Page 10

Lifestyle

Hobbies

What your brain can gain from a music-making hobby… When did you last pick up a musical instrument and play a piece of music from beginning to end? Last week? Last month? Last year? Sadly for most people the answer is quite likely to be: “Not since I was a child.” Musicians are most likely to develop their abilities during childhood. It’s the ideal time to learn basic skills such as reading music and playing an instrument, but as children turn into teenagers it’s not unusual to find that the pleasures of learning and playing are sacrificed to the pressures of taking exams, studying at college or university and – eventually – taking up full-time work. Although it may be hard to find the time to make music as a busy adult, much attention has recently been focused on the physiological benefits of learning to play an instrument. For example, a study based on 157 sets of twins discovered that those who were able to make music were 33% less likely to suffer from dementia. Recent research has also suggested that playing music can improve listening skills, encourage better self-discipline, help with memory and even increase the IQ of both children and adults. In 2009 the University of Zurich conducted research with people aged 65 and over and discovered that playing an instrument for an hour a week produced strong changes in the brain. So whether you’re returning to an instrument you once loved to play, or learning for the first time, you can enjoy your hobby in the knowledge that you’re not just bringing pleasure to others through your music, you are enhancing your brain’s capabilities. If you’re feeling insecure about your musical skills, those first few steps towards learning (or returning to) a musical instrument will be crucial. There are many resources out there, so take your time exploring the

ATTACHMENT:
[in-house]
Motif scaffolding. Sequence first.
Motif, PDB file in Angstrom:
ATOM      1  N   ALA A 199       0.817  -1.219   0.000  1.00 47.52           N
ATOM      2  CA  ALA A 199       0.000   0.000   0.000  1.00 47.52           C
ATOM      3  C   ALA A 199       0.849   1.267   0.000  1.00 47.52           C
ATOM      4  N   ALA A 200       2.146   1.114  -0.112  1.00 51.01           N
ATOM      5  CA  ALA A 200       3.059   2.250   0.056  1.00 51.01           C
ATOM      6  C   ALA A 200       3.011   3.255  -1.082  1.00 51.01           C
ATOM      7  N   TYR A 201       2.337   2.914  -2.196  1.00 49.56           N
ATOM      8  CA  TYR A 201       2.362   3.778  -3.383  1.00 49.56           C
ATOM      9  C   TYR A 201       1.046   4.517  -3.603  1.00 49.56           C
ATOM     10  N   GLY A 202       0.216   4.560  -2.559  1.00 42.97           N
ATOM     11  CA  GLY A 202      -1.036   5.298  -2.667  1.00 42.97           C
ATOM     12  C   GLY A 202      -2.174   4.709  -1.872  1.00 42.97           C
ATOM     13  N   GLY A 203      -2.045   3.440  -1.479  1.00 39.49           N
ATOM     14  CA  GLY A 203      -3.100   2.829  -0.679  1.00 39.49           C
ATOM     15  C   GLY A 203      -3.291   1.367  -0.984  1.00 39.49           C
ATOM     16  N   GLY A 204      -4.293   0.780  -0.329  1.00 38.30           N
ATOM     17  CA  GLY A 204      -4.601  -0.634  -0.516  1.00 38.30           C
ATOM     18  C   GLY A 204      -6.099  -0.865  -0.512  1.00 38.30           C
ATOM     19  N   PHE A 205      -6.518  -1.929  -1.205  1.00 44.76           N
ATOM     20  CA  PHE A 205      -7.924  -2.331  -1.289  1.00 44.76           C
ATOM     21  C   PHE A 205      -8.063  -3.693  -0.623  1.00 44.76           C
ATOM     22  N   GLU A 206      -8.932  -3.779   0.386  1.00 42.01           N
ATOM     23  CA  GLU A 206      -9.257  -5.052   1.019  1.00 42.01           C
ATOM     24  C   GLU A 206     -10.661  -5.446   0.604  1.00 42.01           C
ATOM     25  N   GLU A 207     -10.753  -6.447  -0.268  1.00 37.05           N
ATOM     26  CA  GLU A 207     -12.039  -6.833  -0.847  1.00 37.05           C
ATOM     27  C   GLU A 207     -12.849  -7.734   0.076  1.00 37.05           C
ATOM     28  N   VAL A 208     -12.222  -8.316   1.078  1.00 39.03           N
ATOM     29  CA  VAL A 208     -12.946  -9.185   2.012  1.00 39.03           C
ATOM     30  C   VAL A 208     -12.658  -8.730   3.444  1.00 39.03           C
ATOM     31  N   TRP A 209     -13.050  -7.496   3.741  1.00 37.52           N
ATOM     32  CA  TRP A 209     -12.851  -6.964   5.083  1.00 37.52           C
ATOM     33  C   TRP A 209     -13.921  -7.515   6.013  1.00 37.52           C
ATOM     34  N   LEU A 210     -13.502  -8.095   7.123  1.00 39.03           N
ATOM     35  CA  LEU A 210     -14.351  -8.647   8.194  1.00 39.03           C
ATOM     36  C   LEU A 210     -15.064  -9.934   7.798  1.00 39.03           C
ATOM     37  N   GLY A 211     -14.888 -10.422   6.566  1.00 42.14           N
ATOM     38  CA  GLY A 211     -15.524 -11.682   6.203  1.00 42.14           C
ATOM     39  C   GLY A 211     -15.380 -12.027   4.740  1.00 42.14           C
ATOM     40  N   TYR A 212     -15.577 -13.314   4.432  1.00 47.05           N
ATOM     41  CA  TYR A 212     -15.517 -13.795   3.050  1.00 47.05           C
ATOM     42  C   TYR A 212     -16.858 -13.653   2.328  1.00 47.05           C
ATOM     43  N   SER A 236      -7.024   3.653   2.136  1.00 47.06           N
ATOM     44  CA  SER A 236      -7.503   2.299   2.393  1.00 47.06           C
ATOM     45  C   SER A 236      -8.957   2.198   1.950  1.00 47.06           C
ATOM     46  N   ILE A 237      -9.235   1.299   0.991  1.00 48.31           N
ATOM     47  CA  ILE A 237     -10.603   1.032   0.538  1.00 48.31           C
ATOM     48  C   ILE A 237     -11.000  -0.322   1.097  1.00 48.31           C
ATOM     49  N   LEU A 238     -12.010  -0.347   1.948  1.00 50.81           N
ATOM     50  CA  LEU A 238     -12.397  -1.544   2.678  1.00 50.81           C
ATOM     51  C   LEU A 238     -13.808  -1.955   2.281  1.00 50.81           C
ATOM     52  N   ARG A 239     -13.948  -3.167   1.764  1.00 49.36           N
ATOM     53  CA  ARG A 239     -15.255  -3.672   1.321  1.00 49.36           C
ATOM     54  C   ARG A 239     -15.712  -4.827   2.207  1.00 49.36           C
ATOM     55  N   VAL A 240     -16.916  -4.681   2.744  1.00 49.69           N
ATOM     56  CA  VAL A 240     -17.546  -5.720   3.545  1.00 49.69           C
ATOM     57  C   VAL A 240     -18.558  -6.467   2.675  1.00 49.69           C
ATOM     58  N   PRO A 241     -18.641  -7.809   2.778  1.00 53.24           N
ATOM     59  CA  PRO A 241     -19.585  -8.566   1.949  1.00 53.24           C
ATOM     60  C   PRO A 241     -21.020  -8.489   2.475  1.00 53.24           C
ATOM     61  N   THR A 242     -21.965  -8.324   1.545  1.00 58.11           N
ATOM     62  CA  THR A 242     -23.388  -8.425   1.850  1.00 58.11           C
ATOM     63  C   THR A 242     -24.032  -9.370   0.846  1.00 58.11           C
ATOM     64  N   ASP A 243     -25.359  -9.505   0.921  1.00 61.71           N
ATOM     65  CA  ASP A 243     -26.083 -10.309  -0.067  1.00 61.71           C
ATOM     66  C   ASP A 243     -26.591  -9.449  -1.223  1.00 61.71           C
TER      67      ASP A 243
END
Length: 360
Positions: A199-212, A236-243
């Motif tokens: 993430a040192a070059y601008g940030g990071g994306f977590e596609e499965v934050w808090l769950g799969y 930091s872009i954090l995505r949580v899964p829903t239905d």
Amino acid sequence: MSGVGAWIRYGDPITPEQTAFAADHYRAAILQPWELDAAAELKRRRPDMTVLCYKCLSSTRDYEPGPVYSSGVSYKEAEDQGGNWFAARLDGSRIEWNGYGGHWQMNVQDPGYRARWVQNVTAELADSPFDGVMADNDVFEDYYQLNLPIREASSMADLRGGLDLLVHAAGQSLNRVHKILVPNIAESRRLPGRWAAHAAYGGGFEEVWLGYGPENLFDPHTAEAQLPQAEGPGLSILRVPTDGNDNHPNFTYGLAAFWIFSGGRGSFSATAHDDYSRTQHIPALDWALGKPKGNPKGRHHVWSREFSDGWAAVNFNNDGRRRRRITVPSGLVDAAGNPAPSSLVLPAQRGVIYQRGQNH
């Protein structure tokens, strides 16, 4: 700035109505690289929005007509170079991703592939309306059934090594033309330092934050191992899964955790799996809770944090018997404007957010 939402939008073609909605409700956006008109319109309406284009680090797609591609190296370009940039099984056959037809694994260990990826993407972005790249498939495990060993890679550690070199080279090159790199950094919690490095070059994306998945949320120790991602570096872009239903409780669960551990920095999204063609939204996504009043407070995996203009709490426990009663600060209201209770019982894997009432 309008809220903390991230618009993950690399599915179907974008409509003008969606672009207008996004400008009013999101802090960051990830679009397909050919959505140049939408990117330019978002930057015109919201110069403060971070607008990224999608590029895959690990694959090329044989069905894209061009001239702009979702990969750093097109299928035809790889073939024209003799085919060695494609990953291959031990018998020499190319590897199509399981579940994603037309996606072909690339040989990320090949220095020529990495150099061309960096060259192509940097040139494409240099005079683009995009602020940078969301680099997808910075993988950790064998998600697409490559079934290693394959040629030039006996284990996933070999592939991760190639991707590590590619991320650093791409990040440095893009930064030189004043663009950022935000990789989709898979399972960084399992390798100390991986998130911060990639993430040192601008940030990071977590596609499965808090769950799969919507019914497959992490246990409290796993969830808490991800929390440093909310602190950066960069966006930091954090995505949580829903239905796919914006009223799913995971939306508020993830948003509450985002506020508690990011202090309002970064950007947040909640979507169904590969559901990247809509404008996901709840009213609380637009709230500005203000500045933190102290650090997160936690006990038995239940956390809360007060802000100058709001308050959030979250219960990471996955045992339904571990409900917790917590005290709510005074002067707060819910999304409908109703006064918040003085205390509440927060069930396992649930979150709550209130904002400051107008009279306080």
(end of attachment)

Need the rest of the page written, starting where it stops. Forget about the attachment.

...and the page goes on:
1010

options to find a solution that’s tailor-made for your level of skill and experience. You may be able to access adult education services. Pick up a prospectus at the local library or search online to find a suitable course. Some adult learning institutes let you try a taster session so you can decide if the lessons are appropriate before you book an entire course. Alternatively, find a local tutor by searching the Music Teachers UK website (www.musicteachers.co.uk). This organisation offers a free service to help musicians with every aspect of education and performance and the site provides some valuable information, including a helpful guide to selecting a music teacher. If you are returning to music and have retained some basic (if rusty) skills, you might enjoy joining up with a local amateur music group, or even putting together a group from scratch. Making Music (www.makingmusic.org.uk) helps its members to set up, run and develop music groups in their communities. Whatever your interest in music, whether it’s performing to concert level or joining an amateur ukulele orchestra, it can be a hugely rewarding hobby. Apart from the hours of pleasure you’ll get from playing, science suggests that your brain is likely to stay sharp well into old age. By Kate McLelland

To advertise contact Ruth: T: 01332 883140 M: 07545 261034 E: ruth@allthingslocal.co.uk

All Things Local - Ripley Edition - December 2017/January 2018  

A FREE community magazine distributed to 9,000 homes & businesses in Ripley, Codnor, Marehay & Waingroves in Derbyshire.

All Things Local - Ripley Edition - December 2017/January 2018  

A FREE community magazine distributed to 9,000 homes & businesses in Ripley, Codnor, Marehay & Waingroves in Derbyshire.

Advertisement